Jessica Jones is still Marvel’s best Netflix show, but there are some new flaws.
The first season of Jessica Jones is the best superhero show Marvel has produced for Netflix. It was thrilling and took its audience to places where Marvel’s Netflix shows are supposed to go — darker, more adult worlds too violent and malevolent for its movies. Through its hero’s eyes, Jessica Jones explored trauma, abuse, and the struggle — often times fickle and fallible — to recover from both. In doing so, it gave us a show that felt more nourishing than regular superhero fare.
Jessica Jones’s second installment of 13 episodes, released this week, doesn’t surpass, or even meet, its first season standards — in large part due to its inability to capitalize on the series’ momentum in the first few episodes of the season.
We catch up with Jessica Jones (Krysten Ritter) and her allies as they’re picking up the pieces from her confrontation with Kilgrave at the end of season one. She’s still surly and trying to find new cases when one, which happens to involve her past and some unexplained murders, falls into her lap. Her friends implore her to, once again, delve into her dark past to figure out who or what gave her her powers, and for what reason. This time, however, the journey into Jessica’s past feels like familiar territory, making the show seem less urgent and less captivating than it previously did.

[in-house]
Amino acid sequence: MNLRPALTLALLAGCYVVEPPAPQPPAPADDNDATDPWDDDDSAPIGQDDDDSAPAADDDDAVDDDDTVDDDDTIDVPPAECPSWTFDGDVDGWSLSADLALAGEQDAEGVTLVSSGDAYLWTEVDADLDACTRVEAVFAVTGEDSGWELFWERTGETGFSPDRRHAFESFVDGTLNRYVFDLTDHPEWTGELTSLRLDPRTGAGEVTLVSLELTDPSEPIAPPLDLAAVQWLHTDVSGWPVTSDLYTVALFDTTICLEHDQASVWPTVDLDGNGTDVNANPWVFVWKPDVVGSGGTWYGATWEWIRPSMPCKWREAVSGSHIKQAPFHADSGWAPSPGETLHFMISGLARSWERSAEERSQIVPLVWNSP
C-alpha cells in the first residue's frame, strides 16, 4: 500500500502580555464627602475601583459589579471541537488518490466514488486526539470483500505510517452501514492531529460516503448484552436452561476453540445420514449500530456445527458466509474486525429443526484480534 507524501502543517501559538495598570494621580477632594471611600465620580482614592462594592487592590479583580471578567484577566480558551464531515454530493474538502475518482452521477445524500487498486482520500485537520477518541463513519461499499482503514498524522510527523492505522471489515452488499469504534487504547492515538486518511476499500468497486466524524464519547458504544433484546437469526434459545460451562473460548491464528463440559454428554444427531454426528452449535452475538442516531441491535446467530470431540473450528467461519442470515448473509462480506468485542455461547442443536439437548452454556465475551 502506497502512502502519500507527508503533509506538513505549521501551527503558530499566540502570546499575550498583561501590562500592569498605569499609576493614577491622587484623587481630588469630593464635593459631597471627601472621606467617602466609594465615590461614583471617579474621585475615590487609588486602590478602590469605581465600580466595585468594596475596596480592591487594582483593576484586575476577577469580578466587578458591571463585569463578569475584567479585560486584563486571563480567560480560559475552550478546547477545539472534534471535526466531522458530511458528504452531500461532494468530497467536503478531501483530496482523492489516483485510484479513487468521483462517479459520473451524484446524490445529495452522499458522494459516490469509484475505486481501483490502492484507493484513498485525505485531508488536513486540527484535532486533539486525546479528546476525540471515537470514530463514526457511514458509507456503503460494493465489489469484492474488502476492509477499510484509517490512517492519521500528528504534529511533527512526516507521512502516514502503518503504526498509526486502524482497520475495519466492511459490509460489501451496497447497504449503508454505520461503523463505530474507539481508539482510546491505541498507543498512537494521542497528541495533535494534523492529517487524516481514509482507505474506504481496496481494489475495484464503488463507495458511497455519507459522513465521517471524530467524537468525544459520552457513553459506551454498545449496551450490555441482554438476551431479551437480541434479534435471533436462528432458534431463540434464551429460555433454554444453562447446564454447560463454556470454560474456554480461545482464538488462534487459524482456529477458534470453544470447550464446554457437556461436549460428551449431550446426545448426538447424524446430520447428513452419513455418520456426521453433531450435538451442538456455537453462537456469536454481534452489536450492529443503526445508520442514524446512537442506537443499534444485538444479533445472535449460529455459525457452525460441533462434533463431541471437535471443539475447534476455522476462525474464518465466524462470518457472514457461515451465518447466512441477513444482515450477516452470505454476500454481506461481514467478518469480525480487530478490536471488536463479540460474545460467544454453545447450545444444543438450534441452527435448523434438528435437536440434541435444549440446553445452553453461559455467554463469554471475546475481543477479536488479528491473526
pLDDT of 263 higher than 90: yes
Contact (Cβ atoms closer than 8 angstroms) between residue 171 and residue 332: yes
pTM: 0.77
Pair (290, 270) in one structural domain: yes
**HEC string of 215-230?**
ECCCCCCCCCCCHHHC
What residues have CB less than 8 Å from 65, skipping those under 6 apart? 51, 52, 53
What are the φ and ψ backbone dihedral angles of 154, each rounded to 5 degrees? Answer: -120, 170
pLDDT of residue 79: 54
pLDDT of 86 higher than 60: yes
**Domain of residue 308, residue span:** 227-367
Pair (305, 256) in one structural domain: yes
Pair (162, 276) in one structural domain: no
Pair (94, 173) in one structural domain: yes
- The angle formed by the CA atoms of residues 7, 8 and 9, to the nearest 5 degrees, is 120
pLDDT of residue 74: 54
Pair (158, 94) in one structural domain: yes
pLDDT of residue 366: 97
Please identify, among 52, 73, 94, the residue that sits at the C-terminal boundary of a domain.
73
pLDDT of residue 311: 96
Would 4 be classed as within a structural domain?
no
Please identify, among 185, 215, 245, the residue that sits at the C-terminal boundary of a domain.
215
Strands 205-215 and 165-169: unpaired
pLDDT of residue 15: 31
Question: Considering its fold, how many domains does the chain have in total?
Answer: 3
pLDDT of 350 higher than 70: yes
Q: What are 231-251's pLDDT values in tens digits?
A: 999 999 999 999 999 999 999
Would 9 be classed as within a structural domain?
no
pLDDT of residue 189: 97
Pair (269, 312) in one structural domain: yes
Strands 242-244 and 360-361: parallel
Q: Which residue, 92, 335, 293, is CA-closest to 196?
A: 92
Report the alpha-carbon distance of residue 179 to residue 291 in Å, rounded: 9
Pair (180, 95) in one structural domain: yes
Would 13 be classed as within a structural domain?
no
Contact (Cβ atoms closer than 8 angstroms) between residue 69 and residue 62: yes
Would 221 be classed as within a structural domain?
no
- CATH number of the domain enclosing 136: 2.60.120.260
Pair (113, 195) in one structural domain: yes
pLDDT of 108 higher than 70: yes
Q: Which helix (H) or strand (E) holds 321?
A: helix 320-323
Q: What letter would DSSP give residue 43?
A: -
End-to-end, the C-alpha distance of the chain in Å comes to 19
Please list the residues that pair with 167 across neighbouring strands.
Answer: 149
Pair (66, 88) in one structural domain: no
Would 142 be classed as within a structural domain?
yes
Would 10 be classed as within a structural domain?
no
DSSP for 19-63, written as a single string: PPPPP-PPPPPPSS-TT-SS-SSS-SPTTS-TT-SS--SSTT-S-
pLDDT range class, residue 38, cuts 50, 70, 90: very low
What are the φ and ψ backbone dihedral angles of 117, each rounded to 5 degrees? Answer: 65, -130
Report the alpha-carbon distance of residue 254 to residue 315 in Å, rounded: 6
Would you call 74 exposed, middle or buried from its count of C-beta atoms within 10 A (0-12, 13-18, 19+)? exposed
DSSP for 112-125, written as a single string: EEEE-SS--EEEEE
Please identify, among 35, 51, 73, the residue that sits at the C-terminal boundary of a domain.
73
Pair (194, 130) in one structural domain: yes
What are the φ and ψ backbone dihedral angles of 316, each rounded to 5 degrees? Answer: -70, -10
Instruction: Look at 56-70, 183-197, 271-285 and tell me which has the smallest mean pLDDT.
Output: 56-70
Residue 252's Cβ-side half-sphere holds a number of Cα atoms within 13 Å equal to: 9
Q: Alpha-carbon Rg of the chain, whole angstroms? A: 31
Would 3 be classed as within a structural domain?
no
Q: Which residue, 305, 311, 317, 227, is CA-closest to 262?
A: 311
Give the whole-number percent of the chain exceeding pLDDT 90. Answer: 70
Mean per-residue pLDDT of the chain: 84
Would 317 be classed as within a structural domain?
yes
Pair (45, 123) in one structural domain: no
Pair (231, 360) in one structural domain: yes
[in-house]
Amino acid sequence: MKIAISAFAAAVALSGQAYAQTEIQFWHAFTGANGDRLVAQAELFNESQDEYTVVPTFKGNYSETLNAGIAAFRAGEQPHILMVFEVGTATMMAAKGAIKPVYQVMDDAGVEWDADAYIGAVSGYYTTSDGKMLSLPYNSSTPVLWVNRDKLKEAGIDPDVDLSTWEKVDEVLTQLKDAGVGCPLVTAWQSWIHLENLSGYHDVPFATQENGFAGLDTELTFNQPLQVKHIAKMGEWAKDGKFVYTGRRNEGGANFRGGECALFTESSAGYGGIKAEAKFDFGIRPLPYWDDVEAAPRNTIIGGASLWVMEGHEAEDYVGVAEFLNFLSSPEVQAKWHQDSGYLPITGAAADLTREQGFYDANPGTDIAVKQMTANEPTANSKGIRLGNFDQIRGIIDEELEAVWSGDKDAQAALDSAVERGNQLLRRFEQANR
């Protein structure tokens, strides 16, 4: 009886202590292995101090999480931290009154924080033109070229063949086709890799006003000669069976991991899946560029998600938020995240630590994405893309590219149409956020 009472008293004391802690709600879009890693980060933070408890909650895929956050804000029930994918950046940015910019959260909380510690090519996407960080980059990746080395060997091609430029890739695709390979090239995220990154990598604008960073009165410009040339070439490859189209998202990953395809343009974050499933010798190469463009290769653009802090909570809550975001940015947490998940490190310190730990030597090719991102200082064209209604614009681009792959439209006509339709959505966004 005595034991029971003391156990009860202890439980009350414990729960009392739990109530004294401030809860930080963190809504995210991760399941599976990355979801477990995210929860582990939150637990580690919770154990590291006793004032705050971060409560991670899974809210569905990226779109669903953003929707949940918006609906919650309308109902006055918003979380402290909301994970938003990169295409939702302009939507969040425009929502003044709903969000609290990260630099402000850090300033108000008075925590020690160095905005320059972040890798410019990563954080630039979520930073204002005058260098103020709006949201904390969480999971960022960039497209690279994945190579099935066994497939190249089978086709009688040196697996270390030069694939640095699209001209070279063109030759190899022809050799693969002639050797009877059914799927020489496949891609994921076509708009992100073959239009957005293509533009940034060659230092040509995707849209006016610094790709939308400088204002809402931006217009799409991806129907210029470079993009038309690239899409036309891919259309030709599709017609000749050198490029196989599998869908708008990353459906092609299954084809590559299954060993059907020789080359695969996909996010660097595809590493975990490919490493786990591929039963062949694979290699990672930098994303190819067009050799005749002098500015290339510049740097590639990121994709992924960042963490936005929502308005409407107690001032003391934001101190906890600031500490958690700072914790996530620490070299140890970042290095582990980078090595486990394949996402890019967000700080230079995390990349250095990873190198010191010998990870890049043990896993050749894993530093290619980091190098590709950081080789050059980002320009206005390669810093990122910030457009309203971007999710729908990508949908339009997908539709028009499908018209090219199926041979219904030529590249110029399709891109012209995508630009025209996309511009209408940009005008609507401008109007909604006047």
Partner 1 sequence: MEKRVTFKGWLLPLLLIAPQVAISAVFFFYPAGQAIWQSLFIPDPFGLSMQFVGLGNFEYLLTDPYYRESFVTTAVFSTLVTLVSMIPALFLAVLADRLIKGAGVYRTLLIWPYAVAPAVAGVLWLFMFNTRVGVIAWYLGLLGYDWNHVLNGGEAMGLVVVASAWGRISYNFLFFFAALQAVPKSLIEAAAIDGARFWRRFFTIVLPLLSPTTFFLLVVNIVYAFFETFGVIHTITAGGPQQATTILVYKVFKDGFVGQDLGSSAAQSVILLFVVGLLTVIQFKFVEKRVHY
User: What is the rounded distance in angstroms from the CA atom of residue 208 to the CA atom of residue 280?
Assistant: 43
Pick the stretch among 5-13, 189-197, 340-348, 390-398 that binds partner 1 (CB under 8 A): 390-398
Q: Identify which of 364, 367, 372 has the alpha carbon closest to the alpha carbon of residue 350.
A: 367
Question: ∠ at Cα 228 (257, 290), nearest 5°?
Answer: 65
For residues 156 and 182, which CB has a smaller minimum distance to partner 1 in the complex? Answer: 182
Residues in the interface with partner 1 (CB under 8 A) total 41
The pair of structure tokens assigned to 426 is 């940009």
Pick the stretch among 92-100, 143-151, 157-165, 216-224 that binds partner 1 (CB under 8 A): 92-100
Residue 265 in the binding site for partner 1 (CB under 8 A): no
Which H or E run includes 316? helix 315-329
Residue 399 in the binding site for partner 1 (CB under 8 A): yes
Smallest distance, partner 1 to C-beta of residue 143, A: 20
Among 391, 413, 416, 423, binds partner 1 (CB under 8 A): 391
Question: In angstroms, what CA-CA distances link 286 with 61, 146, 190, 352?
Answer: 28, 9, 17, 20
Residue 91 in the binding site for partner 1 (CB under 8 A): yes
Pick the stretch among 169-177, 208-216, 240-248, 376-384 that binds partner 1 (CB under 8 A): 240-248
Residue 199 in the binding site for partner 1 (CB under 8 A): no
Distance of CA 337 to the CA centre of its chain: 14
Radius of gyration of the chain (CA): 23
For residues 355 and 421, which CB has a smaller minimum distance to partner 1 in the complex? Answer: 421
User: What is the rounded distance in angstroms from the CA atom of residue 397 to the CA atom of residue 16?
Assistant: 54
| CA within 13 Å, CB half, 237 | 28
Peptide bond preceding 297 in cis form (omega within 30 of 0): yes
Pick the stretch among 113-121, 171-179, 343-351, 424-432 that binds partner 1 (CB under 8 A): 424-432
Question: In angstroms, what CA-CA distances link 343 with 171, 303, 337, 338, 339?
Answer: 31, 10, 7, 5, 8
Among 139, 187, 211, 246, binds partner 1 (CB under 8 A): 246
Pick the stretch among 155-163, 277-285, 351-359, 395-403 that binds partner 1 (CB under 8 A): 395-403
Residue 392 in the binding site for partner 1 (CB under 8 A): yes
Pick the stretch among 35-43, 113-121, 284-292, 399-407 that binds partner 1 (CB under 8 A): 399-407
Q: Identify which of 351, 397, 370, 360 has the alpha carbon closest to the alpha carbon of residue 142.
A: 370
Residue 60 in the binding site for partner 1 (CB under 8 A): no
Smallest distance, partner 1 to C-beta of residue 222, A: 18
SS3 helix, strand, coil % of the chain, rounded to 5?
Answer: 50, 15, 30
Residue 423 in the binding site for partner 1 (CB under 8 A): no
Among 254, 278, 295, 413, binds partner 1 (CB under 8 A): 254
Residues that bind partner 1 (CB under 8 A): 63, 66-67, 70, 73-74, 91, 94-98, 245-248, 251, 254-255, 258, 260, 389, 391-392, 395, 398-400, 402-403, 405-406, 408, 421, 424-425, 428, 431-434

The back end of these 13 episodes is much more exciting and also a lot weirder (in a great way) than the first half, featuring delights such as Jeri Hogarth (Carrie-Anne Moss) leaning into her ice queen status, Trish Walker (Rachael Taylor) being irrationally violent, and a promising future for Jessica and the series. But it takes too long to get there, and the result is a Jessica Jones season that often feels at odds with itself.
So to get a better handle on the mixed bag that is this sophomore season, here’s a look at the good, bad, and the weird of Jessica Jones season two.
The bad: there’s no compelling villain
The first season of Jessica Jones was defined in large part by its villain, David Tennant’s Kilgrave. Kilgrave, who had the power to control the minds of the people around him with nothing more than a whisper, left a mark on the show that still lingers — in this second season, you still feel his presence every single time his signature color, purple, flashes on the screen.
Season one didn’t shy away from depicting how seductive and alluring Kilgrave’s mind control could be — he was always stylishly dressed and lived comfortably — and how power like his could make life so easy. But his power also gnarled and perverted his psyche, to the point where he wasn’t just living selfishly but also looking to exploit, traumatize, and humiliate his victims. His character was odious but also distinctive and nuanced in a way that amplified the series’ central themes.